The claim rates Half True.
PAC’s claim about Trump selectively edited
Another ad from Keep the Promise I that played prominently in South Carolina makes the case that Trump supports a government-run health care program in which Washington pays for everybody. The last half is an edited version of an interview Trump did on CBS News’ 60 Minutes with Scott Pelley in September last year.
Voiceover: “We can't afford TrumpCare.”
Trump: “Everybody's got to be covered. This is an un-Republican thing for me to say.”
Pelley: “Universal health care?”
Trump: “I am going to take care of everybody.”
Pelley: “Who pays for it?”
Trump: “The government's gonna pay for it.”
Case closed? Harly. The ad left out crucial parts of Trump's interview, including Trump saying that he was talking about people of limited means, the lower 25 percent, who can't afford private insurance. Also missing: Trump saying that for the most part, he sees people picking the deal they like from competing private plans.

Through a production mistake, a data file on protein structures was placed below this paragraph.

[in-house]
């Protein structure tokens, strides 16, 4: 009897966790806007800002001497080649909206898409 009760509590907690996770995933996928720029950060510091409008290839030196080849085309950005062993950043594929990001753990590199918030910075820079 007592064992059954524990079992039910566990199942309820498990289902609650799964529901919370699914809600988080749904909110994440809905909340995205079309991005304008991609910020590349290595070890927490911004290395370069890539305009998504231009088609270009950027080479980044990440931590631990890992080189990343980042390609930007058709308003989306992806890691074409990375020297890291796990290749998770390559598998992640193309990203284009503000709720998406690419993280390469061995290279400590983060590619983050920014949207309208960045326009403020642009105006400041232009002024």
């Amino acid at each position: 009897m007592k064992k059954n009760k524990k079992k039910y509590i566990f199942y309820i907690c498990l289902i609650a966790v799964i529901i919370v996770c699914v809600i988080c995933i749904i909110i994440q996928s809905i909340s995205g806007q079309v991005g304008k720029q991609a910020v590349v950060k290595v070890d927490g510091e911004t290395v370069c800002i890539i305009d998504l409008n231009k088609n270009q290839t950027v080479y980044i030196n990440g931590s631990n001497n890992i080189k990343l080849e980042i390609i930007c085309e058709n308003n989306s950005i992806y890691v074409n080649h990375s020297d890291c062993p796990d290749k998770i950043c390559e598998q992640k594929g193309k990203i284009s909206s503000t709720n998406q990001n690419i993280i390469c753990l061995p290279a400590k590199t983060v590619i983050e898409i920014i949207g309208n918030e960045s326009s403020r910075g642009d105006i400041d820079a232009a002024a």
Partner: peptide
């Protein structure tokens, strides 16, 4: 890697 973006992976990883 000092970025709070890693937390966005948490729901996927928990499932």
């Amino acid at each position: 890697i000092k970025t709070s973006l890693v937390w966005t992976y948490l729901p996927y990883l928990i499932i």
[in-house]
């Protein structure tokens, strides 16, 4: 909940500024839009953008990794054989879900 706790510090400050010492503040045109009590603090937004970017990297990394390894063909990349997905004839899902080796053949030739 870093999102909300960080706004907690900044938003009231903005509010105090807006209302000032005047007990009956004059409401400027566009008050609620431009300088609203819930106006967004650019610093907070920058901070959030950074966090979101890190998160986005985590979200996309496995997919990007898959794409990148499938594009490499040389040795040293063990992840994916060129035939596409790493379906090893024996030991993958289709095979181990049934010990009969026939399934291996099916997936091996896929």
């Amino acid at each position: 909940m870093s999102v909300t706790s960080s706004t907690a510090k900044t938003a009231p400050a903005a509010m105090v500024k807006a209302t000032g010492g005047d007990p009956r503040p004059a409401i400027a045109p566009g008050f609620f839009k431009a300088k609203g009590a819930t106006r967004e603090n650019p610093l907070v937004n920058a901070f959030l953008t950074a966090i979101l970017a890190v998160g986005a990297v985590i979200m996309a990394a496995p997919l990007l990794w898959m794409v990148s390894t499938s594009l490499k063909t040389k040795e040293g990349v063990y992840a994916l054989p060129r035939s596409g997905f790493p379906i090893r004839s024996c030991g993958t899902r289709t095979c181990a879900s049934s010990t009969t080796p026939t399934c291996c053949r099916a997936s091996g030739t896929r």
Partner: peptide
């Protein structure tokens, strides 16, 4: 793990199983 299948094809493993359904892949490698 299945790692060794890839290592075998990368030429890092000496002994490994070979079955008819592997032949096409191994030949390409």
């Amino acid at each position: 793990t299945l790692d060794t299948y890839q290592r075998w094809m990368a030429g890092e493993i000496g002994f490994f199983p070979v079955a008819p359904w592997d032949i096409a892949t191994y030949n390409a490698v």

By omitting those key phrases, the ad delivers the message that Trump backs government-sponsored health care for everyone. And that message rates False.
For a more complete version of this article go to www.politifact.com Reporters Riley Snyder, C. Eugene Emery Jr., Jon Greenberg, Lauren Carroll, Louis Jacobson, Jason Noble, Tom Kertscher, Alan Gathright and Joshua Gillin contributed.
Politifact Florida is a partnership between The Tampa Bay Times and the Miami Herald to check out truth in politics.